“If you really take the time to position yourself and get focused and be serious, you can do anything you want,” he said. “Nothing is limited. It’s up to you to best decide what’s best for you, and this is the place to do it.”

“Right now I’m doing a job that I love to do,” he said. “I’ve had several good and different jobs, and I’ve had the opportunity to travel, and I really enjoyed those jobs, but they’re nothing like the job I have now because I have an opportunity to assist about 11,000 people in the city and 24,000 people in the county.”

He said God was preparing him all of his life to be able to do his job as mayor, and he’s made mistakes because he’s human, but he asks God for His leadership and guidance in everything he does.

“So keep those things in mind: God, family and education. Be focused at home on what you like and what you want to be.”

Wanda Washington, executive director of Greater Campbellsville United, chose 10 students to help her in an experiment involving listening, following instruction and choices. She had the students color in a bug on a sheet of paper, using various colors.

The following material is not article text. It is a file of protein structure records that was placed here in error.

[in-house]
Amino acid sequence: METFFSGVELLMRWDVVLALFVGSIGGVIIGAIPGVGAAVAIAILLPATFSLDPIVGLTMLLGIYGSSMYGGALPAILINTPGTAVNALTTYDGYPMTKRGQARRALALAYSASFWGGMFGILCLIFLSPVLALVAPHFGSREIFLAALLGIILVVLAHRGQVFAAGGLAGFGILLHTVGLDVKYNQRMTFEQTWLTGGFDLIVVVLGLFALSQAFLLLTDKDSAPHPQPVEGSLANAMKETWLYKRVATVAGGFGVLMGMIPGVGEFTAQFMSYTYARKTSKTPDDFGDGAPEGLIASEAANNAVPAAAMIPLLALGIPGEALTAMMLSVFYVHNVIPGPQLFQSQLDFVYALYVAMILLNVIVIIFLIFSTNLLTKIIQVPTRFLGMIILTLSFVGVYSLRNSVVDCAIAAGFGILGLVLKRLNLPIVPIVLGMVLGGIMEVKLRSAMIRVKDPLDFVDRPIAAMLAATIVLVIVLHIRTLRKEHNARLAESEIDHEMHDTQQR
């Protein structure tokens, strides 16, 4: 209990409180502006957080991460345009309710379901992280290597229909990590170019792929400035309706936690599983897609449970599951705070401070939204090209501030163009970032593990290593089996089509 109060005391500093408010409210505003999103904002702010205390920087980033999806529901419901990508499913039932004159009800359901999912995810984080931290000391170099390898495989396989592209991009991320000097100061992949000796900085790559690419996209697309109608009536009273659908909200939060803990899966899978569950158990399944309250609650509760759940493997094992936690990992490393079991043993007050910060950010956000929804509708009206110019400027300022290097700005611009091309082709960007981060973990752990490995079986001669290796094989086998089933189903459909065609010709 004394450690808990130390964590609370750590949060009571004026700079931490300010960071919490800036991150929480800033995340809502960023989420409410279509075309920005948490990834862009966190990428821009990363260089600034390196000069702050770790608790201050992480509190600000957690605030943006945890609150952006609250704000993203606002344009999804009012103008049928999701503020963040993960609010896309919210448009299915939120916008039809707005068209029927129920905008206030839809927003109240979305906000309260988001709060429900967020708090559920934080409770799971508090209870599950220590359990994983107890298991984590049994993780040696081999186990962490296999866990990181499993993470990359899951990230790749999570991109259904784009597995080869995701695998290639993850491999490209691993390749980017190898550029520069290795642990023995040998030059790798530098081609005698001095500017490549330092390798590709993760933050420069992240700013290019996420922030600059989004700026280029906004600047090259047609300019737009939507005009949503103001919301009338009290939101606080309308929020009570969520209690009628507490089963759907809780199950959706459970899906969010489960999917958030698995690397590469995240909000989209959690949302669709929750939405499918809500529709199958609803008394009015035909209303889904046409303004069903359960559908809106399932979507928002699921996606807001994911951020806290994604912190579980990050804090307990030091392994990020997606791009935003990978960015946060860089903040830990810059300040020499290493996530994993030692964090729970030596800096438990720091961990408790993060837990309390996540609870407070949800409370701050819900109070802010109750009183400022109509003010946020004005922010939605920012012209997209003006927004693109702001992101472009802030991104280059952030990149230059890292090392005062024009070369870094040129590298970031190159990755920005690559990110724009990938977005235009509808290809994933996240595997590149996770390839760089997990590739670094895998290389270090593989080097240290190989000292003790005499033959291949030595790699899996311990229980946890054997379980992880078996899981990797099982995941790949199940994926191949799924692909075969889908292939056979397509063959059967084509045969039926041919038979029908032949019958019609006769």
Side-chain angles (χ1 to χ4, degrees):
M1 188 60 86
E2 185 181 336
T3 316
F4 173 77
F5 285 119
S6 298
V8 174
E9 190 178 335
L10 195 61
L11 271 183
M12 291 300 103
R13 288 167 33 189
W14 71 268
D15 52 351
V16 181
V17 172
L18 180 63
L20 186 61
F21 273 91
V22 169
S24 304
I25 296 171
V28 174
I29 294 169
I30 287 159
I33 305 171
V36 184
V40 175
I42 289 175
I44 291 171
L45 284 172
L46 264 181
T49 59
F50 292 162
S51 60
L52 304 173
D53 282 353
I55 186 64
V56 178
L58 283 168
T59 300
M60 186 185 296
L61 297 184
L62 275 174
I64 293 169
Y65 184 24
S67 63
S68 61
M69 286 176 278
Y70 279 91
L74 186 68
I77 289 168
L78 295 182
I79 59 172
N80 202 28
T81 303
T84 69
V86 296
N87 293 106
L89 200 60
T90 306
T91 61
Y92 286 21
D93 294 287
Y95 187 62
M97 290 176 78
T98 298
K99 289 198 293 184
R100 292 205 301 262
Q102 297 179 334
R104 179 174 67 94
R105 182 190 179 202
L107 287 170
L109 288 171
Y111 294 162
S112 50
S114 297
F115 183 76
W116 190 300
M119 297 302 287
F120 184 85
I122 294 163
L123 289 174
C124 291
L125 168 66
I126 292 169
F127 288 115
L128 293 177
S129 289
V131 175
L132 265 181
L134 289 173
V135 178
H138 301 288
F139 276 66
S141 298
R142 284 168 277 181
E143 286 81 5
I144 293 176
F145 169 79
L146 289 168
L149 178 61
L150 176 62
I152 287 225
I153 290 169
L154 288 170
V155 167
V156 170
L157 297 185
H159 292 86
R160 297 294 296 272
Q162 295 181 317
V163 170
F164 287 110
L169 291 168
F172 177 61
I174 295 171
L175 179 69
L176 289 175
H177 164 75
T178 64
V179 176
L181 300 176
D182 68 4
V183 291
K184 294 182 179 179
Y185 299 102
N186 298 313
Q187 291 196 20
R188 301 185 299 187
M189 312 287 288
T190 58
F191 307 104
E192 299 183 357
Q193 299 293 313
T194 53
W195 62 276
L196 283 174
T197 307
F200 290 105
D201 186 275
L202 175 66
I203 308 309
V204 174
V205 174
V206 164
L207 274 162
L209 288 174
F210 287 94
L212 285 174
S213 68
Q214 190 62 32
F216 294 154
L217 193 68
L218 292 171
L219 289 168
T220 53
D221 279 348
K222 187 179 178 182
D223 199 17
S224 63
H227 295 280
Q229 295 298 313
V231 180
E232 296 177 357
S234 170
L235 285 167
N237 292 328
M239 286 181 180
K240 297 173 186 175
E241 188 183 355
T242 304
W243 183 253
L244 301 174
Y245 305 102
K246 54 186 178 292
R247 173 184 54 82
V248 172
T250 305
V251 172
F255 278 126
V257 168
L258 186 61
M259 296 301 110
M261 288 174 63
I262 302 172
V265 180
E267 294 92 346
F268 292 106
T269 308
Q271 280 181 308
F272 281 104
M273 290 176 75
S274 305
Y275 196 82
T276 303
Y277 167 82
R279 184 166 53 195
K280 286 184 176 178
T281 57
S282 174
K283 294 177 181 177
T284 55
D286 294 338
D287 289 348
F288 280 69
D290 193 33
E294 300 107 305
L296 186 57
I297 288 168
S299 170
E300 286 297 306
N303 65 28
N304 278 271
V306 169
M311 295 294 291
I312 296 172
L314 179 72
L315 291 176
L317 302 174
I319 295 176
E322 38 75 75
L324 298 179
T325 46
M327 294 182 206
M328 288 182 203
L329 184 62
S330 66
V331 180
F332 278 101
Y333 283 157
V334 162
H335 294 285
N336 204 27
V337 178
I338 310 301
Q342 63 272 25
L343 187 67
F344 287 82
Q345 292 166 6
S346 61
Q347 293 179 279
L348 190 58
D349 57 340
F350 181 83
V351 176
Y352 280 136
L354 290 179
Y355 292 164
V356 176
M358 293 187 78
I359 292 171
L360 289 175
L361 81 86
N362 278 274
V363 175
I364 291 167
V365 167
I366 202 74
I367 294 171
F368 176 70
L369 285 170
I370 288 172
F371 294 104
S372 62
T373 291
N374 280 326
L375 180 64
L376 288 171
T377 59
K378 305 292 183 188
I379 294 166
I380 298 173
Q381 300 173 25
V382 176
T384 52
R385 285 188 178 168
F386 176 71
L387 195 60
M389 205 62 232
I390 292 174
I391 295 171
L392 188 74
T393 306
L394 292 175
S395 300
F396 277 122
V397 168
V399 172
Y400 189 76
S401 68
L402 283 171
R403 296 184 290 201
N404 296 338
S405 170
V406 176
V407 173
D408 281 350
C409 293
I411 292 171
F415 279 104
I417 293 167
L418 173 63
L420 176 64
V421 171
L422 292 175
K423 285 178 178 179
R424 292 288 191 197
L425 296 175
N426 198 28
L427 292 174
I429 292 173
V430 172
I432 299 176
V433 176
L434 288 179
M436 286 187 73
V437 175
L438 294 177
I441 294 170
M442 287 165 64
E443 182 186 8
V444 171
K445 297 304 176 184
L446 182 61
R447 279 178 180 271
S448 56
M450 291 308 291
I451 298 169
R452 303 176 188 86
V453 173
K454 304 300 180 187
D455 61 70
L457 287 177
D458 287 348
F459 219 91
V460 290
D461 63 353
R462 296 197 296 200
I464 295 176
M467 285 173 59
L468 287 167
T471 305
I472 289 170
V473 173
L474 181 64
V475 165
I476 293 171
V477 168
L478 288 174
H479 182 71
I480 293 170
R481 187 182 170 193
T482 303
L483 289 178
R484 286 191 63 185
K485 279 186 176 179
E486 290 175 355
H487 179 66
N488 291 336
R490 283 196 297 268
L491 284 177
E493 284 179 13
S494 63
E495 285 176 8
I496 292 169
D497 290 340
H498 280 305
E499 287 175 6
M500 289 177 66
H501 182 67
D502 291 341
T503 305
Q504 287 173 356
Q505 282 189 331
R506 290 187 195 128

“What did I ask them to color first?,” she said. “The eyes; and that was their choice.”

She had them color on another sheet and said it was about listening and following instruction.

“From the time you’re born to death, you’re going to have to listen and follow instruction somewhere,” she said.

She asked the students where might they have to listen and follow instruction. The students mentioned school, church and home.

“When you’re in a classroom you have to be a good listener and a good communicator, because if you’re not, it affects all of us,” she said.